DUNE BUGGY DREAMS
In 1968’s The Thomas Crown Affair, Steve McQueen introduced the world to the Meyers Manx dune buggy by launching it over a sandy ridge, nearly blowing Faye Dunaway’s babushka clean off her head.
Bruce Meyers had designed the Manx four years earlier, but it was the King of Cool and a Hollywood film that turned the car into an icon. One-off, homebuilt beach buggies in one form or another had been appearing on California beaches since the 1950s, but they were heavy, cumbersome, and unsightly. Meyers, a SoCal native skilled in boat building and figure drawing, decided that something better, something “more beautiful” could be developed. So he set about making one single-handedly, using, in his words, “the curves of a woman’s body” as inspiration.
“My mind was full of female bottoms and fiberglass sailboats, and saturated with the freedom of a sailor in the South Seas,” he says. What instantly set Meyers’s creation apart in terms of design was its materials. Up until that point, fiberglass had really only been used in boats, in which Meyers — who survived a 1945 kamikaze attack as a serviceman aboard the USS Bunker Hill — was both trained and accustomed. Without the constraints of formal car design and with the fresh perspective of an industry outsider, he applied boat-building techniques to automotive fabrication under the name B.F. Meyers & Co.
Meyers started with a lightweight, fiberglass-molded monocoque body. This was married to a modified Volkswagen Beetle chassis, with either a four-cylinder VW engine or six-cylinder Chevy Corvair engine strategically mounted in the back, which insured that the weight would provide traction for the rear-wheel drive. The result was not only a wholly distinct vehicle that, in Meyers’s words, “resembled a Disney character,” but one that also came to define a category. “If I had been trained as a car designer there would never have been a fiberglass dune buggy,” he says.
Cartoonish, loveable, and curvy, the short-wheelbase custom vehicle was also nimble. Named after the stubby-tailed Manx cat indigenous to the Isle of Man, the moniker also echoed the internationally renowned race-winning Norton motorcycle of the same name. Once suitably branded, Meyers’s next step was to test his monster, and the timing couldn’t have been better.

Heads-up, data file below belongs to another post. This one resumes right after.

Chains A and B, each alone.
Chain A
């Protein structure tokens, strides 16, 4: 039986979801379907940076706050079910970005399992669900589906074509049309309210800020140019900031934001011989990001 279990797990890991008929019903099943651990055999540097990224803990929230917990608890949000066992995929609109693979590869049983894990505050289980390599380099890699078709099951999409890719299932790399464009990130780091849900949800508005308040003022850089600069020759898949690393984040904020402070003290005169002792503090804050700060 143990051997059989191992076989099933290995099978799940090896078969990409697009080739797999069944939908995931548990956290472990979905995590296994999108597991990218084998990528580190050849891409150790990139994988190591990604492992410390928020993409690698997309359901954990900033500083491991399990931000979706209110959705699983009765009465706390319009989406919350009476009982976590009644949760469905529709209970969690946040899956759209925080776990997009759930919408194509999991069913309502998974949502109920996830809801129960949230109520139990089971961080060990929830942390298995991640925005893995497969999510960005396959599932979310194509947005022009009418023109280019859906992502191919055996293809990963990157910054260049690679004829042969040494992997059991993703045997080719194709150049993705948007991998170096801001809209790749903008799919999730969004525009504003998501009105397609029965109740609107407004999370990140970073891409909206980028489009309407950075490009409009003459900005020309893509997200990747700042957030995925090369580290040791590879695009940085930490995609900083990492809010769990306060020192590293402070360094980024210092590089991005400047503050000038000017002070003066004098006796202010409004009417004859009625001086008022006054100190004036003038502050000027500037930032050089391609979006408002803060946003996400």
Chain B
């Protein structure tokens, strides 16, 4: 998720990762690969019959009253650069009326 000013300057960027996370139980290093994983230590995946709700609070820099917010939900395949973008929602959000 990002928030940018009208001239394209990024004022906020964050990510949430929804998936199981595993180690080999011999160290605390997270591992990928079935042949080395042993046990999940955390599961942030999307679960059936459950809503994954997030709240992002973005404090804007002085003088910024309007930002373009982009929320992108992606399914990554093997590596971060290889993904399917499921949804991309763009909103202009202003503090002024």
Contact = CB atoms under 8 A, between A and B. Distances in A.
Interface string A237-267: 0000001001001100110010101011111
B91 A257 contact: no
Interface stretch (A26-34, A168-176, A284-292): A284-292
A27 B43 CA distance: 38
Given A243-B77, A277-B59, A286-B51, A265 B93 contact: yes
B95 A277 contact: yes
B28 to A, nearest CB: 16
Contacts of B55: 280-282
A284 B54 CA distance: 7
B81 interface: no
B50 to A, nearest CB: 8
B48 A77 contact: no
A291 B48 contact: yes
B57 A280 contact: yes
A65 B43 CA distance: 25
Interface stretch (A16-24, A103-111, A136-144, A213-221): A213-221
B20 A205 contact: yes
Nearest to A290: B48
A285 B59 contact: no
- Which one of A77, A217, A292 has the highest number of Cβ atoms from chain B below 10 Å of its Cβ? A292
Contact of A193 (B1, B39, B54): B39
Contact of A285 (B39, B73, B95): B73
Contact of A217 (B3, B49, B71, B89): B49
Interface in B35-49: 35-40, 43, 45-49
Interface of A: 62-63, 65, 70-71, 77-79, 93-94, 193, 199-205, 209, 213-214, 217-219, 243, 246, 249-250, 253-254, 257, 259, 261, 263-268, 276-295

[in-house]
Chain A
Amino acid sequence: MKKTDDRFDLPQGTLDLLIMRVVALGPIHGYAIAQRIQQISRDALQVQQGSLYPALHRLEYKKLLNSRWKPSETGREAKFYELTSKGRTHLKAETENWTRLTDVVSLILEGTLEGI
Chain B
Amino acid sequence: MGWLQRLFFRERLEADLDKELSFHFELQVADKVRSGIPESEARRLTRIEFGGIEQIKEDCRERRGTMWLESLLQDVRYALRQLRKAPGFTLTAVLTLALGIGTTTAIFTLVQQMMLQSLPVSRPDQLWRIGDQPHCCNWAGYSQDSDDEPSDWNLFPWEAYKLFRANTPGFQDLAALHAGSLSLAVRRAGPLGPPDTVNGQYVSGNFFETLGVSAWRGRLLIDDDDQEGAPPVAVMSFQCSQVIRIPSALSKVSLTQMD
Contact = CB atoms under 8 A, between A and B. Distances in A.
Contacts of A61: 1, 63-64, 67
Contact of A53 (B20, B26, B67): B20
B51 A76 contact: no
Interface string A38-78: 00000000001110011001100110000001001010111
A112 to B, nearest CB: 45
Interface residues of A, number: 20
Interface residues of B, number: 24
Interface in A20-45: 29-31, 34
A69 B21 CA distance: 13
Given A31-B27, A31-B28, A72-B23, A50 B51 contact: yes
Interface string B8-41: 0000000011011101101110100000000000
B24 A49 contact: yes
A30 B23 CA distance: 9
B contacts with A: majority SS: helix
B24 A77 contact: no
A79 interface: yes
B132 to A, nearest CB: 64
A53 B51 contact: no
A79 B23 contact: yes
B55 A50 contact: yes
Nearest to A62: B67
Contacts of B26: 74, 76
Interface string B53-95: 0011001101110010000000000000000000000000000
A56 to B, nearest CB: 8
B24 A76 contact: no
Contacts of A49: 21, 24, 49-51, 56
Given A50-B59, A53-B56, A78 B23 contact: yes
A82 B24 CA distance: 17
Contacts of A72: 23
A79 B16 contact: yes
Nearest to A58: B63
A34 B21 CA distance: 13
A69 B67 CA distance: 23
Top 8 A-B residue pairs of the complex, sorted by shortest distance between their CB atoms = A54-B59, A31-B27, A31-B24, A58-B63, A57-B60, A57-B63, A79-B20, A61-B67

In the early 1960s, Honda introduced its own off-road vehicle, the CL77 “Scrambler.” As a way of demonstrating the motocycle’s extreme capabilities to the US market, Honda had elite driver Dave Ekins race from Tijuana down the Baja California peninsula of Mexico to La Paz, a distance of roughly one thousand miles. Rugged, remote, hot, and unforgiving, almost the entire route was on dirt roads or no road at all. Ekins finished in less than forty hours and set the bar for American endurance racing.
Despite the advantage of using two wheels to conquer this hostile desert terrain, Meyers, supremely confident in his creation, challenged the record and smashed it by more than four hours. (The course and subsequent race would become the Baja 1000.) Car and Driver featured the Meyers Manx on its April 1967 cover and lauded the upstart’s achievement. The cover generated overnight acclaim, which intensified shortly thereafter with the famous scene in Thomas Crown. Like Coca-Cola or Levi’s, the brand came to define the object. Say “dune buggy” and you mean a Meyers Manx.
The Manx was not only appealing, capable, and street-legal, it was also, as a kit, affordable. Thousands of orders poured in from around the world and dozens of copycats popped up overnight. It was the embodiment of the California lifestyle — sand, sea, sun, and free livin’ — all in an open-air funmobile. Hot Rod magazine called the car “a vehicular version of Beatles music.” Nearly seven thousand Meyers kits — and many more knockoffs — were produced before B.F. Meyers & Co. shut down production in 1971. Despite years of trying, Meyers could not compete with the onslaught of cheap imitators.
Today, at a spry ninety years old, Bruce Meyers is still chasing records. In between designing and building the second generation of his dune buggy, called the Manxter, Meyers is writing his autobiography, authenticating original Manxes for collectors, and holding court at monthly Manx Club gatherings in California. For the father of the dune buggy, the sun has not yet set.